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The Influence of Subjective and Objective Rural School Security on Law Enforcement Engagement Models: A Mixed Methods Study

Award Information

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Total funding (to date)

Description of original award (Fiscal Year 2016, $645,952)

The Statement of the Problem: The University of Nebraska Public Policy Center proposes to partner with the Nebraska Department of Education to conduct a Category 3 research study that will examine how perceptions and organization of school safety and security are associated with level and type of law enforcement engagement in rural schools. While rural schools engage with law enforcement, they often do not label the engagement as part of a formal “school resource officer” (SRO) model. This mixed methods research will: 1) lead to a taxonomy of how law enforcement is engaged in rural schools that can be tested against crime and violence outcomes, 2) establish reliability of school perceptions of safety and security, and 3) examine how safety and security preparedness is associated with law enforcement engagement in rural schools. A self-assessment using the state’s safety and security standards rubric will be obtained from 151 rural schools, which will be validated through objective on-site reviews. We will gather data via an online survey from 2,265 rural school personnel and 755 law enforcement representatives about perceptions and protocols guiding their relationship. Existing data used in this study include crime statistics, school incidents, census information, school quality data and student survey data from the Nebraska Risk and Protective Factors Student Survey. A mixed methods research design will be used to collect, analyze and interpret quantitative and qualitative data on multiple levels (individual, school, and community levels). The social-ecological theory of violence prevention guides the research by predicting that an interplay of these factors influence the type and level of law enforcement engagement in rural schools. We also predict that rural schools with more organized and coordinated safety and security will have more formal engagement with law enforcement and that more formal engagement will have more frequent reports from schools with less formal dispositions. Analysis in this design includes merging datasets and employing statistical tests for direct comparison of quantitative and qualitative data. We will use a variety of statistical tests including multilevel modeling and traditional statistical analyses. Some qualitative data will be transformed so it can be combined with other data and some will be used to help explain results. Scholarly products include journal articles and presentations. A policy brief and infographics will be used to reach a broader audience. All datasets will be submitted as required by grant guidance. ca/ncf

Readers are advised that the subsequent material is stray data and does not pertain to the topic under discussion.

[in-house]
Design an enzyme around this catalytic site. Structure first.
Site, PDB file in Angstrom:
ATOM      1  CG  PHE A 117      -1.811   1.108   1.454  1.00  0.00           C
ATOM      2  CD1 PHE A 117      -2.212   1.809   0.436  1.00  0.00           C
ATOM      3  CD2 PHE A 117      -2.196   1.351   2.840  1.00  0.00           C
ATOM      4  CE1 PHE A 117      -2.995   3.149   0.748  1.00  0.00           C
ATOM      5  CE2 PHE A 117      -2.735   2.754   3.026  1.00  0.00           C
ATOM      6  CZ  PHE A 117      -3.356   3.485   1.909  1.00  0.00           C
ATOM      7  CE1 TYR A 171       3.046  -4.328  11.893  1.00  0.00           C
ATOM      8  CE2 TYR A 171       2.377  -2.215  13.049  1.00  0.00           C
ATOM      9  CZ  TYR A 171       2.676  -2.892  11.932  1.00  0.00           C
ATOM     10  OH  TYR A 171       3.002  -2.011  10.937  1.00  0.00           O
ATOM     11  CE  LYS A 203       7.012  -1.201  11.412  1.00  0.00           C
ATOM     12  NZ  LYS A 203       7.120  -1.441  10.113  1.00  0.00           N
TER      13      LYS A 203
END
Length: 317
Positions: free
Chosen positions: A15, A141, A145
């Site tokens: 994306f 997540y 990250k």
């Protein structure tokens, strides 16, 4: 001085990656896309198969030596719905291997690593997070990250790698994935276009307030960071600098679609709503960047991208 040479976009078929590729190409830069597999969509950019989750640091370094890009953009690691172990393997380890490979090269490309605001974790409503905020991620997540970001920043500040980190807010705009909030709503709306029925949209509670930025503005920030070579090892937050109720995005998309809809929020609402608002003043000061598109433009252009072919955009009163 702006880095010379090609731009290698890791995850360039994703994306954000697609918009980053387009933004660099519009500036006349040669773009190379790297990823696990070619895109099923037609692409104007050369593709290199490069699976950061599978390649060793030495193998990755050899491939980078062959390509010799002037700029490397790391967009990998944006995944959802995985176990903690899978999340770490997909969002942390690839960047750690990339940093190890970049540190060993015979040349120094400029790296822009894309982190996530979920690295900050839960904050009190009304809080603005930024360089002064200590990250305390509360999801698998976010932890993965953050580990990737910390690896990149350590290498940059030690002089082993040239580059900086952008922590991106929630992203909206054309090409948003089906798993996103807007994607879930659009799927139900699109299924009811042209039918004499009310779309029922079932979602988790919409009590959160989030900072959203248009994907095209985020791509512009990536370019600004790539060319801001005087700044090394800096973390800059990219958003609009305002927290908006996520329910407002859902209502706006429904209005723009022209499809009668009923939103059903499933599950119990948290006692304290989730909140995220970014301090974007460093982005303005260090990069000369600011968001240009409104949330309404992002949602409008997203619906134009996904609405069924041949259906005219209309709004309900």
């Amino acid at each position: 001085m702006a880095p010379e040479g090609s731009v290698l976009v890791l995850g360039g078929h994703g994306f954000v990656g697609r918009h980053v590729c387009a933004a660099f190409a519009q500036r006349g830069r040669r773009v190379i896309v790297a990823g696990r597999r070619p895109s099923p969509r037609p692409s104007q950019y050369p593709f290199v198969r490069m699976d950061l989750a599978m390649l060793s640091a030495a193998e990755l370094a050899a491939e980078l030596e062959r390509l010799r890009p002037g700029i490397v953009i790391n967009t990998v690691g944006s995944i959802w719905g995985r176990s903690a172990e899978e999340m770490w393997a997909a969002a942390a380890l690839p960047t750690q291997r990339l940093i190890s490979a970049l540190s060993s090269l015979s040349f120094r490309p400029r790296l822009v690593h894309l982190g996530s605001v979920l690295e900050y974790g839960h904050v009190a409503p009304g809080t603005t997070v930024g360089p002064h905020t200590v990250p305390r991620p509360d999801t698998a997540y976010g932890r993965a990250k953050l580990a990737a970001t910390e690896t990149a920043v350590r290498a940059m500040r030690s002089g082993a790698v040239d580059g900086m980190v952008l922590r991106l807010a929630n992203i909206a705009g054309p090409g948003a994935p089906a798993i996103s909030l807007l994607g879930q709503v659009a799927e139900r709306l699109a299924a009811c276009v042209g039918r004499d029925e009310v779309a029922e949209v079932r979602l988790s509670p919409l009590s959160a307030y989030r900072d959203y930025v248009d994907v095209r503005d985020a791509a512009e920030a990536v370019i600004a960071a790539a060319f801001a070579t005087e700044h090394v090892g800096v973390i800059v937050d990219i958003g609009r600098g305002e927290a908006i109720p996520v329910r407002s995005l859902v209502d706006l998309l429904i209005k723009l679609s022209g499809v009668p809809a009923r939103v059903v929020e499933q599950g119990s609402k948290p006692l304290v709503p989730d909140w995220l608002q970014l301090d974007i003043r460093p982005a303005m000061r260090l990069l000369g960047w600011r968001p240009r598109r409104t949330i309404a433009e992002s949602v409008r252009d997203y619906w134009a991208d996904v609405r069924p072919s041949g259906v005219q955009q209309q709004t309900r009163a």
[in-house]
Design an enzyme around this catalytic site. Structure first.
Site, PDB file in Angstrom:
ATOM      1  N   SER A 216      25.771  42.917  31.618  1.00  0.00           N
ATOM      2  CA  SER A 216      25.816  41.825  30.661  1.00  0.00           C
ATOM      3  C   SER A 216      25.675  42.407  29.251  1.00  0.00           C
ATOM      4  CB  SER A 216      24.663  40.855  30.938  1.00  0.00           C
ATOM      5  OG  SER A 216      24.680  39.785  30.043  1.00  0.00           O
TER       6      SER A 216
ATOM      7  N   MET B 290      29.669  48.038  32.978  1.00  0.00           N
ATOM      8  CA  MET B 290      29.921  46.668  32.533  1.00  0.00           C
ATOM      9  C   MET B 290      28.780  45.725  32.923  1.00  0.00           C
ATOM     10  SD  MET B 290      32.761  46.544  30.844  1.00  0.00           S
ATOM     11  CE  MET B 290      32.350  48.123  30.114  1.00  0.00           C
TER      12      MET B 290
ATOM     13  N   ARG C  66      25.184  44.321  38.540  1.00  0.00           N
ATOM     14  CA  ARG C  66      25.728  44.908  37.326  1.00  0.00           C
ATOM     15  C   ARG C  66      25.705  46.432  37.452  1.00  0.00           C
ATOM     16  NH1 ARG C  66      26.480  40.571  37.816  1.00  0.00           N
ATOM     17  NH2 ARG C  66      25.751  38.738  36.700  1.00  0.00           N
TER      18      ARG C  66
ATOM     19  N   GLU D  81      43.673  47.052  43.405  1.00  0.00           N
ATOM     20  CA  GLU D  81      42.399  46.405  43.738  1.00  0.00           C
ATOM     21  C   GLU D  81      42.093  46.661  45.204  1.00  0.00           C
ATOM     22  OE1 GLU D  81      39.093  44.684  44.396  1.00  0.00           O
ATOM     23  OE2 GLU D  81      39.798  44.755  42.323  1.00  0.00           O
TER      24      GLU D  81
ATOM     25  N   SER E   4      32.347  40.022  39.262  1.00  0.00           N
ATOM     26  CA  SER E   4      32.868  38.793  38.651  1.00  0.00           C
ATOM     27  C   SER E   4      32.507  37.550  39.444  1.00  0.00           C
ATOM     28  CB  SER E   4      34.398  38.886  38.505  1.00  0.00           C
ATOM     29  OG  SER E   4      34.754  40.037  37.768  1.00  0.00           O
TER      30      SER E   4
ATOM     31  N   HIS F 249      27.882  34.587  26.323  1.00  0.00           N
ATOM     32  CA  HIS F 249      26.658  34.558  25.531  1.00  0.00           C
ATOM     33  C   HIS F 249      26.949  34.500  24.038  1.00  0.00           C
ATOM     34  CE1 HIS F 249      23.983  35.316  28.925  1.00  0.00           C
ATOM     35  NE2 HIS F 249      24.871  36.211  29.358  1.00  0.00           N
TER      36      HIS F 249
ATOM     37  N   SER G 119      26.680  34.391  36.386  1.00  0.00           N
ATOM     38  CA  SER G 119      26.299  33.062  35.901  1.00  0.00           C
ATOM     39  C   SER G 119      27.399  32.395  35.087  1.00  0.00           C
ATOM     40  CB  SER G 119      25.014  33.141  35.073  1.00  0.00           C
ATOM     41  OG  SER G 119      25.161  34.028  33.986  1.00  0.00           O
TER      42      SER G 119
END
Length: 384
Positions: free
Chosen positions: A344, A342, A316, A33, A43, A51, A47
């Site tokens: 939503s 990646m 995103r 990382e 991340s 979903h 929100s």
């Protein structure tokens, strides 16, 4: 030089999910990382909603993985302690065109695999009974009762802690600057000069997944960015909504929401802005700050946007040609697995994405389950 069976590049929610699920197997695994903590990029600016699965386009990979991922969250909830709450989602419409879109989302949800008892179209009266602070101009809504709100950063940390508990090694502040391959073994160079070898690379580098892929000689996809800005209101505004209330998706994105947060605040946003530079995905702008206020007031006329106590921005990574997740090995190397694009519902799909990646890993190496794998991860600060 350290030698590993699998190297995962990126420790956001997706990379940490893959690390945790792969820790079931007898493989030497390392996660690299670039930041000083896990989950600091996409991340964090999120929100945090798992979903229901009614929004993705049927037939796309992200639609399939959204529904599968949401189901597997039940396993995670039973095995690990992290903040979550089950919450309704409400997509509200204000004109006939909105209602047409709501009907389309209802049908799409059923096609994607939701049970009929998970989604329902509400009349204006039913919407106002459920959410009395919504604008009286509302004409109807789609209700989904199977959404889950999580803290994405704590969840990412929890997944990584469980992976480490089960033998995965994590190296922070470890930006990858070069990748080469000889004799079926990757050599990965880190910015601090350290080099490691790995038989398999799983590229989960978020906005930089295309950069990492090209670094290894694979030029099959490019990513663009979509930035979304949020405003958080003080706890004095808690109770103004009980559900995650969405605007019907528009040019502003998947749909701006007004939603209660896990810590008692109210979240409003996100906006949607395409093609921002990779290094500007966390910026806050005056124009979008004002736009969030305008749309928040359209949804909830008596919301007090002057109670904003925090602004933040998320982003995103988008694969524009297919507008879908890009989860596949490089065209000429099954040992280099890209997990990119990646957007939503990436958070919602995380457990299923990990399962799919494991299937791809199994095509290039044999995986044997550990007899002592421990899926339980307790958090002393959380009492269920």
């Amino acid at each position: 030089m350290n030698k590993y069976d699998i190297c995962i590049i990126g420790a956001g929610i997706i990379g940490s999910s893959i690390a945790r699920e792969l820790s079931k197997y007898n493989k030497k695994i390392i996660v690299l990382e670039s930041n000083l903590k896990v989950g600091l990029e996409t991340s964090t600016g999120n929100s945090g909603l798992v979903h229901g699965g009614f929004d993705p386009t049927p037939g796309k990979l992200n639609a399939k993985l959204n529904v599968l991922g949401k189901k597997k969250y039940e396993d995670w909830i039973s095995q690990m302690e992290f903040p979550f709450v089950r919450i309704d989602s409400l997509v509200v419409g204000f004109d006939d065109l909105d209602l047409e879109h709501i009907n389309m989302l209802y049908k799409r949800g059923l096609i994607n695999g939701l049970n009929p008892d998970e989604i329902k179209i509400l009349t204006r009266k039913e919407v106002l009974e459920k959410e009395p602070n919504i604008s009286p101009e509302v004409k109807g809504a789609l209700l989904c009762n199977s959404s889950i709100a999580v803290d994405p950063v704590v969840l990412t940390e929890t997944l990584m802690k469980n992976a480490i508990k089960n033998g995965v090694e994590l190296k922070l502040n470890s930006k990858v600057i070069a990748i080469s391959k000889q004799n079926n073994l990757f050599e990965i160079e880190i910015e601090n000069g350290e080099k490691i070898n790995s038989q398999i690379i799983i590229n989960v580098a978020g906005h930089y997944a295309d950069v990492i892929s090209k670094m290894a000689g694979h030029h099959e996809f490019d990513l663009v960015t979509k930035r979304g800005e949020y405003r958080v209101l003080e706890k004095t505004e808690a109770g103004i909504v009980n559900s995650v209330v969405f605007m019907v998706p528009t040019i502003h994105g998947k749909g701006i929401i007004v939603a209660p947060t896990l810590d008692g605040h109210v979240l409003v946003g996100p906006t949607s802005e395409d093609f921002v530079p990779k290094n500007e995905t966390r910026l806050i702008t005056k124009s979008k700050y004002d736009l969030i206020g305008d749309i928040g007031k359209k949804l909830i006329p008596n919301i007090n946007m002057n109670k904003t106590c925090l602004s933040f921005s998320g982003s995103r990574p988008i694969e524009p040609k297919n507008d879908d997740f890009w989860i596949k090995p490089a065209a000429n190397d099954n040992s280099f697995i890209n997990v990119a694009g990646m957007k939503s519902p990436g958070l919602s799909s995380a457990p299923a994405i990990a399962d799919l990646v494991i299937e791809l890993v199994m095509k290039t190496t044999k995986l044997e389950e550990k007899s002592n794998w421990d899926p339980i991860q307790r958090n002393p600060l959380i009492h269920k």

Date Created: September 13, 2016